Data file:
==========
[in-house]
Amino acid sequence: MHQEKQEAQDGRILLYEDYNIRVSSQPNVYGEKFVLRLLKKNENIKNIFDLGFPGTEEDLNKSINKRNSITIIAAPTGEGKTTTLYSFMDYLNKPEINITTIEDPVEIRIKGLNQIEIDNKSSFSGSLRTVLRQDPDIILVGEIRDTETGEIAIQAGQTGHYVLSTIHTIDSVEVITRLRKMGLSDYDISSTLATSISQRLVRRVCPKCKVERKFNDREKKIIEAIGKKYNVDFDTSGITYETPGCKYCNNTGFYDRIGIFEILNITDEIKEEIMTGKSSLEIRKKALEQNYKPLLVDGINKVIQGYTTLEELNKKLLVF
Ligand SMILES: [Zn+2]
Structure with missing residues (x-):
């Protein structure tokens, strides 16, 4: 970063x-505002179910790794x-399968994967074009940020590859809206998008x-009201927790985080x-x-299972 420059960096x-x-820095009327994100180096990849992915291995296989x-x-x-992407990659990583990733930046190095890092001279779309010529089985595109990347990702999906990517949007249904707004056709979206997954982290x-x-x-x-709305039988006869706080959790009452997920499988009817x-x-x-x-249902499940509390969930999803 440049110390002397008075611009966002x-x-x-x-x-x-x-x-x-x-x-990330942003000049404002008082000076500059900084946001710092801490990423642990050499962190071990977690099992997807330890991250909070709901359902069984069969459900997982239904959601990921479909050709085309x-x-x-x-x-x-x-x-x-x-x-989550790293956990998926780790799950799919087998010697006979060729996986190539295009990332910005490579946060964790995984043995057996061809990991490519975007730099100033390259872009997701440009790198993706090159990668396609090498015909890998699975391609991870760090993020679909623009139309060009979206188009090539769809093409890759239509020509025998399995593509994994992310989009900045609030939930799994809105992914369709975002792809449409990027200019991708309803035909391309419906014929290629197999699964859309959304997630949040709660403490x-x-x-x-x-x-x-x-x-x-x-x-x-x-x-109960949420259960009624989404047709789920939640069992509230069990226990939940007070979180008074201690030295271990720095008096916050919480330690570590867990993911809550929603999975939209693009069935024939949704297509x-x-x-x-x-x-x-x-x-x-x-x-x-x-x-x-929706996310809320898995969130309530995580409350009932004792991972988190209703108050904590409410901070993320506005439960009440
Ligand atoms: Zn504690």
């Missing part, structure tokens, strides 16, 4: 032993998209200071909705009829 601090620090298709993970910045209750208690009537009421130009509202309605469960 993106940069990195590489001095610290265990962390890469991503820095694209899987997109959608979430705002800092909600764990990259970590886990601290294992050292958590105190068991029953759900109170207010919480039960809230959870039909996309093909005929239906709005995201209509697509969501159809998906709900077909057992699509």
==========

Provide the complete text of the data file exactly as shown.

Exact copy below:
[in-house]
Amino acid sequence: MHQEKQEAQDGRILLYEDYNIRVSSQPNVYGEKFVLRLLKKNENIKNIFDLGFPGTEEDLNKSINKRNSITIIAAPTGEGKTTTLYSFMDYLNKPEINITTIEDPVEIRIKGLNQIEIDNKSSFSGSLRTVLRQDPDIILVGEIRDTETGEIAIQAGQTGHYVLSTIHTIDSVEVITRLRKMGLSDYDISSTLATSISQRLVRRVCPKCKVERKFNDREKKIIEAIGKKYNVDFDTSGITYETPGCKYCNNTGFYDRIGIFEILNITDEIKEEIMTGKSSLEIRKKALEQNYKPLLVDGINKVIQGYTTLEELNKKLLVF
Ligand SMILES: [Zn+2]
Structure with missing residues (x-):
């Protein structure tokens, strides 16, 4: 970063x-505002179910790794x-399968994967074009940020590859809206998008x-009201927790985080x-x-299972 420059960096x-x-820095009327994100180096990849992915291995296989x-x-x-992407990659990583990733930046190095890092001279779309010529089985595109990347990702999906990517949007249904707004056709979206997954982290x-x-x-x-709305039988006869706080959790009452997920499988009817x-x-x-x-249902499940509390969930999803 440049110390002397008075611009966002x-x-x-x-x-x-x-x-x-x-x-990330942003000049404002008082000076500059900084946001710092801490990423642990050499962190071990977690099992997807330890991250909070709901359902069984069969459900997982239904959601990921479909050709085309x-x-x-x-x-x-x-x-x-x-x-989550790293956990998926780790799950799919087998010697006979060729996986190539295009990332910005490579946060964790995984043995057996061809990991490519975007730099100033390259872009997701440009790198993706090159990668396609090498015909890998699975391609991870760090993020679909623009139309060009979206188009090539769809093409890759239509020509025998399995593509994994992310989009900045609030939930799994809105992914369709975002792809449409990027200019991708309803035909391309419906014929290629197999699964859309959304997630949040709660403490x-x-x-x-x-x-x-x-x-x-x-x-x-x-x-109960949420259960009624989404047709789920939640069992509230069990226990939940007070979180008074201690030295271990720095008096916050919480330690570590867990993911809550929603999975939209693009069935024939949704297509x-x-x-x-x-x-x-x-x-x-x-x-x-x-x-x-929706996310809320898995969130309530995580409350009932004792991972988190209703108050904590409410901070993320506005439960009440
Ligand atoms: Zn504690």
């Missing part, structure tokens, strides 16, 4: 032993998209200071909705009829 601090620090298709993970910045209750208690009537009421130009509202309605469960 993106940069990195590489001095610290265990962390890469991503820095694209899987997109959608979430705002800092909600764990990259970590886990601290294992050292958590105190068991029953759900109170207010919480039960809230959870039909996309093909005929239906709005995201209509697509969501159809998906709900077909057992699509």